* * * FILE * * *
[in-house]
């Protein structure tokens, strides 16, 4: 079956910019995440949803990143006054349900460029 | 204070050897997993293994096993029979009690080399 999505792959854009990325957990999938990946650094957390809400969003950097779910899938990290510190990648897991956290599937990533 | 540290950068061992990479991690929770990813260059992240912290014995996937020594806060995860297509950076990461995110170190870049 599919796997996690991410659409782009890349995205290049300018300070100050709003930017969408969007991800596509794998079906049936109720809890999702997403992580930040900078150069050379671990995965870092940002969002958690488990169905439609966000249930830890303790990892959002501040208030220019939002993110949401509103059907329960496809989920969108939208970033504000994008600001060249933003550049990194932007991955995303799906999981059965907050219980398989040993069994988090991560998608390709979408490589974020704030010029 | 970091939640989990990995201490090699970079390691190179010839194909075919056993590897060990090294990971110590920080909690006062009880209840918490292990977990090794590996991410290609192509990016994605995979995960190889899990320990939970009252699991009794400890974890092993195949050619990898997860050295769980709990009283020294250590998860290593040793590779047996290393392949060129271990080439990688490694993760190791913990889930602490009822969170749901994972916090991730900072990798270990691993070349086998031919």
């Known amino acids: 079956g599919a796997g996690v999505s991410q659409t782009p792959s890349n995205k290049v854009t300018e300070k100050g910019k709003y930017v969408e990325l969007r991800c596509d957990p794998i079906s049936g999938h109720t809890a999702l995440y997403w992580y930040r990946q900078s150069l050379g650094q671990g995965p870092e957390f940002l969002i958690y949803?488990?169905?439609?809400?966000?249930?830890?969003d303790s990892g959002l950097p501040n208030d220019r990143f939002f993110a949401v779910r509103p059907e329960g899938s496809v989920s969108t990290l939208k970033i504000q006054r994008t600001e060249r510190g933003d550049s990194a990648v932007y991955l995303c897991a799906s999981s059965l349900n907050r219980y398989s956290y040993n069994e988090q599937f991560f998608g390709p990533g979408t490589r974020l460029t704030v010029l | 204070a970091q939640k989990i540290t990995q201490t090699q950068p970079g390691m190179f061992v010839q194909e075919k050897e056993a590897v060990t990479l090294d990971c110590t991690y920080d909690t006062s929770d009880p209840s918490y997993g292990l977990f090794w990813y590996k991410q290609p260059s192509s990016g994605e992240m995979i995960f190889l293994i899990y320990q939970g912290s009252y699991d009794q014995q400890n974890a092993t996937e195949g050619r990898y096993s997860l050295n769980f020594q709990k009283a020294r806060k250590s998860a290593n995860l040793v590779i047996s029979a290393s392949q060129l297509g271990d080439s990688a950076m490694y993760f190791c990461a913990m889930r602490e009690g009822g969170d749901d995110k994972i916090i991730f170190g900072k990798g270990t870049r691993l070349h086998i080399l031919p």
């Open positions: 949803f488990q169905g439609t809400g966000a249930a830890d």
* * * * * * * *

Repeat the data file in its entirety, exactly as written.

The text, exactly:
[in-house]
């Protein structure tokens, strides 16, 4: 079956910019995440949803990143006054349900460029 | 204070050897997993293994096993029979009690080399 999505792959854009990325957990999938990946650094957390809400969003950097779910899938990290510190990648897991956290599937990533 | 540290950068061992990479991690929770990813260059992240912290014995996937020594806060995860297509950076990461995110170190870049 599919796997996690991410659409782009890349995205290049300018300070100050709003930017969408969007991800596509794998079906049936109720809890999702997403992580930040900078150069050379671990995965870092940002969002958690488990169905439609966000249930830890303790990892959002501040208030220019939002993110949401509103059907329960496809989920969108939208970033504000994008600001060249933003550049990194932007991955995303799906999981059965907050219980398989040993069994988090991560998608390709979408490589974020704030010029 | 970091939640989990990995201490090699970079390691190179010839194909075919056993590897060990090294990971110590920080909690006062009880209840918490292990977990090794590996991410290609192509990016994605995979995960190889899990320990939970009252699991009794400890974890092993195949050619990898997860050295769980709990009283020294250590998860290593040793590779047996290393392949060129271990080439990688490694993760190791913990889930602490009822969170749901994972916090991730900072990798270990691993070349086998031919």
């Known amino acids: 079956g599919a796997g996690v999505s991410q659409t782009p792959s890349n995205k290049v854009t300018e300070k100050g910019k709003y930017v969408e990325l969007r991800c596509d957990p794998i079906s049936g999938h109720t809890a999702l995440y997403w992580y930040r990946q900078s150069l050379g650094q671990g995965p870092e957390f940002l969002i958690y949803?488990?169905?439609?809400?966000?249930?830890?969003d303790s990892g959002l950097p501040n208030d220019r990143f939002f993110a949401v779910r509103p059907e329960g899938s496809v989920s969108t990290l939208k970033i504000q006054r994008t600001e060249r510190g933003d550049s990194a990648v932007y991955l995303c897991a799906s999981s059965l349900n907050r219980y398989s956290y040993n069994e988090q599937f991560f998608g390709p990533g979408t490589r974020l460029t704030v010029l | 204070a970091q939640k989990i540290t990995q201490t090699q950068p970079g390691m190179f061992v010839q194909e075919k050897e056993a590897v060990t990479l090294d990971c110590t991690y920080d909690t006062s929770d009880p209840s918490y997993g292990l977990f090794w990813y590996k991410q290609p260059s192509s990016g994605e992240m995979i995960f190889l293994i899990y320990q939970g912290s009252y699991d009794q014995q400890n974890a092993t996937e195949g050619r990898y096993s997860l050295n769980f020594q709990k009283a020294r806060k250590s998860a290593n995860l040793v590779i047996s029979a290393s392949q060129l297509g271990d080439s990688a950076m490694y993760f190791c990461a913990m889930r602490e009690g009822g969170d749901d995110k994972i916090i991730f170190g900072k990798g270990t870049r691993l070349h086998i080399l031919p």
């Open positions: 949803f488990q169905g439609t809400g966000a249930a830890d």